means actuating said first and second switch means in degree phase relationship.
2. Apparatus for converting a positive direct current voltage to a negative direct current voltage source of lower magnitude comprising:
a direct current voltage source having positive and negative output terminals;
a load having first and second input terminals;
means connecting said first load input terminal to said negative direct current source output terminal;
a switching terminal;
a plurality of capacitor means;
first half wave rectifier means connecting said capacitor means in series;
second half wave rectifier .means connecting said capacitor means in parallel;
third half wave rectifier means connecting said serial connection of capacitor means between said switching terminal and said negative direct current source output terminal; fourth half wave rectifier means connecting said parallel connection of capacitor means between said second load input terminal and said switching terminal; and
means for effectively transferring the switching terminal back and forth between the positive direct current source output terminal and the first load input terminal to charge said capacitor means through said first and third half rectifier means when the connection of said switching terminal is to the positive direct current output terminal and to discharge the capacitor means through said'second and fourth half wave rectifier means when the connection of said switching terminal is to the first load input terminal.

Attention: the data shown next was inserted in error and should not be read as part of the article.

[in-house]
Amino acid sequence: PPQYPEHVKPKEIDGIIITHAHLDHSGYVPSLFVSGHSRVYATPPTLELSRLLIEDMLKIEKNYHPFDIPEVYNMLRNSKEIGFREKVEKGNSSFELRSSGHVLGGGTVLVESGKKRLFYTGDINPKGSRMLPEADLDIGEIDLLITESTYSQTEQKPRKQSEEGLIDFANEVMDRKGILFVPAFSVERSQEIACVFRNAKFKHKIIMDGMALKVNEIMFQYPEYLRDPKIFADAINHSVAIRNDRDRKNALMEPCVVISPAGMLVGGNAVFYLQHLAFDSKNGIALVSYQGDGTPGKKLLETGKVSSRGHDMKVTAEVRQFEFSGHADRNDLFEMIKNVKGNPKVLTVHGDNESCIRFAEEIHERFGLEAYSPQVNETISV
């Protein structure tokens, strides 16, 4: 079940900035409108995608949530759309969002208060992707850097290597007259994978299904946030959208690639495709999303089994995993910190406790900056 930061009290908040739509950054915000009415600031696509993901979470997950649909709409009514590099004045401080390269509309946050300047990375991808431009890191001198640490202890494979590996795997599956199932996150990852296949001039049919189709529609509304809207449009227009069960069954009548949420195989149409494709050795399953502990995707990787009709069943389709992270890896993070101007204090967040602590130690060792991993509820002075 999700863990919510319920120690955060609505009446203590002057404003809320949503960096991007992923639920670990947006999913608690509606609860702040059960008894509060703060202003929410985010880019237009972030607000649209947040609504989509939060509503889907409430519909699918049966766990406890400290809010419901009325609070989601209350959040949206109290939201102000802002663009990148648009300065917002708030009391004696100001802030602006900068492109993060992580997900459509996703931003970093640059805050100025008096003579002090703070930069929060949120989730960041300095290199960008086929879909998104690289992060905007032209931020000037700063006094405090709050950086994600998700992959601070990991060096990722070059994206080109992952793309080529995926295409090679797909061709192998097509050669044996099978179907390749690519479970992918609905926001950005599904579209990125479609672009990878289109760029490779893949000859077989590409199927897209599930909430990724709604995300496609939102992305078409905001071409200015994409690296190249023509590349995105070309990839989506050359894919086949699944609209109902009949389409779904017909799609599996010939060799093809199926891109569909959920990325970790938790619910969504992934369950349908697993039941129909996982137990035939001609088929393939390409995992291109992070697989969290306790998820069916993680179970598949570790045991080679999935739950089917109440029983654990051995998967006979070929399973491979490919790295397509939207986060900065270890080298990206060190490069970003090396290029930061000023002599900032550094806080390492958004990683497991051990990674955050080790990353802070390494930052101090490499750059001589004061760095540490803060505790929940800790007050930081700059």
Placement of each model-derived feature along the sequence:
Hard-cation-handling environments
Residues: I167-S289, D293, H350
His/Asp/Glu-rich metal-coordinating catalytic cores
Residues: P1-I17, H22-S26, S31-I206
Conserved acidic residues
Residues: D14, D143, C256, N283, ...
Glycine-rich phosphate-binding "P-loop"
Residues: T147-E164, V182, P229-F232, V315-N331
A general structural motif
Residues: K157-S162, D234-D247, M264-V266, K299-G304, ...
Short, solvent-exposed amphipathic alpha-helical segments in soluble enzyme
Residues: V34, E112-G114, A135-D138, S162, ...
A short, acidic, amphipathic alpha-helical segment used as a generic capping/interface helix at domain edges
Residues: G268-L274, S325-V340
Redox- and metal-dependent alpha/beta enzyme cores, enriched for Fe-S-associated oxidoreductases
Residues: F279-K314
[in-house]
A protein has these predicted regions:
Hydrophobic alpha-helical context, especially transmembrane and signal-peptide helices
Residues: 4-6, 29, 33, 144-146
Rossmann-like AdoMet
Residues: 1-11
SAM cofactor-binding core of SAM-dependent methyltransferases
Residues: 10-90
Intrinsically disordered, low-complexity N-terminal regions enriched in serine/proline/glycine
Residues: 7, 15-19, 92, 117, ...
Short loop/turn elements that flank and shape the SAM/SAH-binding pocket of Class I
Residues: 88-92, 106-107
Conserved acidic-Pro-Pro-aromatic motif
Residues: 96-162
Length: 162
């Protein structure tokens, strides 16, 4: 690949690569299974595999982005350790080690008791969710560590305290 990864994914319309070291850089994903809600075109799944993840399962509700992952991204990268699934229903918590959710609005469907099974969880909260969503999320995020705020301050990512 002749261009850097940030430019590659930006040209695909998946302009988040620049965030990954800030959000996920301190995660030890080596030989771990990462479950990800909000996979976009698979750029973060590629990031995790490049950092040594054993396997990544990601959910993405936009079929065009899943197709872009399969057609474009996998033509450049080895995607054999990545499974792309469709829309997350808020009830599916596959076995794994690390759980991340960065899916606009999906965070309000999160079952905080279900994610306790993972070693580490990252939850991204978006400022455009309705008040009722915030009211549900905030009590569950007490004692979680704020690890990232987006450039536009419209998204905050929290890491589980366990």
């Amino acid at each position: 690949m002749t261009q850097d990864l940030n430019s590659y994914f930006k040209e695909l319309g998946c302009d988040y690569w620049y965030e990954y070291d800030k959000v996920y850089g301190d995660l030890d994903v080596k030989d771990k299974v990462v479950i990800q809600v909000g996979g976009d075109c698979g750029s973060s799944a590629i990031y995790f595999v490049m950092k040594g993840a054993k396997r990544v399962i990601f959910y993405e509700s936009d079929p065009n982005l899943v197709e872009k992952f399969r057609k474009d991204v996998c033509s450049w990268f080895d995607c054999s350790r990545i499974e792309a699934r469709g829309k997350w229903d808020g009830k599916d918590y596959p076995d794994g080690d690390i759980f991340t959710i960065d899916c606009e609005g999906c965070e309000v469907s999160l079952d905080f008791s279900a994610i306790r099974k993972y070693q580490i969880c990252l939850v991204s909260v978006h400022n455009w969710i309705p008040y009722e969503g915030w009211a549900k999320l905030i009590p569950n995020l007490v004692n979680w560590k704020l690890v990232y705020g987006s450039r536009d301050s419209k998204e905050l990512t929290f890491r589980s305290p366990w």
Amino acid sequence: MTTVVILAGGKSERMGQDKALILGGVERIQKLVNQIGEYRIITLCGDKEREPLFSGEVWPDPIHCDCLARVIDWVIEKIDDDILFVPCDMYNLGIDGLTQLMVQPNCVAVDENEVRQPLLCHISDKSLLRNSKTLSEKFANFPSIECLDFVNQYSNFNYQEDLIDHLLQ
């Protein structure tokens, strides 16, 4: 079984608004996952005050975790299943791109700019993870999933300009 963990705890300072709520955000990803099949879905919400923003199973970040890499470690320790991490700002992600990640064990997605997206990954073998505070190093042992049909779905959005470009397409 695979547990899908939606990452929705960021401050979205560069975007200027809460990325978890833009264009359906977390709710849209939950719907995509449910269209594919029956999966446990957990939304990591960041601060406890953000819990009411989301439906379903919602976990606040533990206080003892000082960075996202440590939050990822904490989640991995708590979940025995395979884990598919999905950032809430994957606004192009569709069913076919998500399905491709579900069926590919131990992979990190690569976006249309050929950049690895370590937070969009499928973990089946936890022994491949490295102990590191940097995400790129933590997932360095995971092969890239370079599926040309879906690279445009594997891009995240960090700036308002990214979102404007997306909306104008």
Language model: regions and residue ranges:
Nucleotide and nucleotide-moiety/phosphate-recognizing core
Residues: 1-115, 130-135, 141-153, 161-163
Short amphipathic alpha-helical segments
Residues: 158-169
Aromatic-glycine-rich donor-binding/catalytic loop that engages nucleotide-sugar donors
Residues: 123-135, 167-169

3. The apparatus of claim 2 wherein said last named means includes:
5 a first transistor switch connecting said switching terminal to said positive direct current output terminal; a second transistor switch connecting said switching terminal to said first load input terminal; and control means for driving said first and second transistors alternately between cut-off and saturation in 180 degree relationship to one another.
References Cited UNITED STATES PATENTS 2,773,200 12/1956 Guggi 32l15 X OTHER REFERENCES Scientific and Technical Aerospace Reports, Capacitive Divider, issue #9, May 8, 1965, p. 1430.
5 JOHN F. COUCH, Primary Examiner W. H. BEHA, JR., Assistant Examiner US. 01. X.R. 10 307 11o, 138; 321-45
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|U.S. Classification||363/62, 307/138, 307/110|
|International Classification||H02M3/07, H02M3/04|